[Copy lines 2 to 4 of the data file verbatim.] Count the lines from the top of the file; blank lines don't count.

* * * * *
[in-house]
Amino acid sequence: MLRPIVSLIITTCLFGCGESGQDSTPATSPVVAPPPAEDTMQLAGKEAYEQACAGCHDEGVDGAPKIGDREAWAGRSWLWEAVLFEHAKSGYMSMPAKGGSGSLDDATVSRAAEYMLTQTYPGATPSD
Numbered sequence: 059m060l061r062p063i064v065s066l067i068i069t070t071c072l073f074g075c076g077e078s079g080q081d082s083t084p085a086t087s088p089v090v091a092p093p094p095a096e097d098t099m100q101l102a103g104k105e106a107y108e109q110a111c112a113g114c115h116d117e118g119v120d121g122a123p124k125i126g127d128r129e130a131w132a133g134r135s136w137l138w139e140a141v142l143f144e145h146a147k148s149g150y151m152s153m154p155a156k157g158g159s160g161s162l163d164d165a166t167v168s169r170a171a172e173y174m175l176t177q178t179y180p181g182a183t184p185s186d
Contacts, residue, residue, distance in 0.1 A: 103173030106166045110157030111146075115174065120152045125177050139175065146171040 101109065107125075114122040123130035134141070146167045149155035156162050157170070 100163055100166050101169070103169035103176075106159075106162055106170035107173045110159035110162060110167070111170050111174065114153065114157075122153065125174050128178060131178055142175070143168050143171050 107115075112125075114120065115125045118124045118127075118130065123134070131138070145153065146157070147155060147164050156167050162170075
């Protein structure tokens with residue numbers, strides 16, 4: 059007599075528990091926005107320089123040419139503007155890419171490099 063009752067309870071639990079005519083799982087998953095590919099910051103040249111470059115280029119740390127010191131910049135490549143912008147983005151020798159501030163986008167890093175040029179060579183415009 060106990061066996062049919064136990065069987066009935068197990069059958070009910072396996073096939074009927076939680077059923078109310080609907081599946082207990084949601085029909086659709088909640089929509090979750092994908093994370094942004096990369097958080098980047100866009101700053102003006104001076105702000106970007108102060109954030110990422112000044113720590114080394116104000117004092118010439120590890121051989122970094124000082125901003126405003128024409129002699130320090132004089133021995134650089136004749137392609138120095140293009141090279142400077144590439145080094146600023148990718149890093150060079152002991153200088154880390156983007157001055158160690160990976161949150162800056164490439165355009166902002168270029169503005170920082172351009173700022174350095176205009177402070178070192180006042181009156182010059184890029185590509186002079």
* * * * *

Amino acid sequence: MLRPIVSLIITTCLFGCGESGQDSTPATSPVVAPPPAEDTMQLAGKEAYEQACAGCHDEGVDGAPKIGDREAWAGRSWLWEAVLFEHAKSGYMSMPAKGGSGSLDDATVSRAAEYMLTQTYPGATPSD
Numbered sequence: 059m060l061r062p063i064v065s066l067i068i069t070t071c072l073f074g075c076g077e078s079g080q081d082s083t084p085a086t087s088p089v090v091a092p093p094p095a096e097d098t099m100q101l102a103g104k105e106a107y108e109q110a111c112a113g114c115h116d117e118g119v120d121g122a123p124k125i126g127d128r129e130a131w132a133g134r135s136w137l138w139e140a141v142l143f144e145h146a147k148s149g150y151m152s153m154p155a156k157g158g159s160g161s162l163d164d165a166t167v168s169r170a171a172e173y174m175l176t177q178t179y180p181g182a183t184p185s186d
Contacts, residue, residue, distance in 0.1 A: 103173030106166045110157030111146075115174065120152045125177050139175065146171040 101109065107125075114122040123130035134141070146167045149155035156162050157170070 100163055100166050101169070103169035103176075106159075106162055106170035107173045110159035110162060110167070111170050111174065114153065114157075122153065125174050128178060131178055142175070143168050143171050 107115075112125075114120065115125045118124045118127075118130065123134070131138070145153065146157070147155060147164050156167050162170075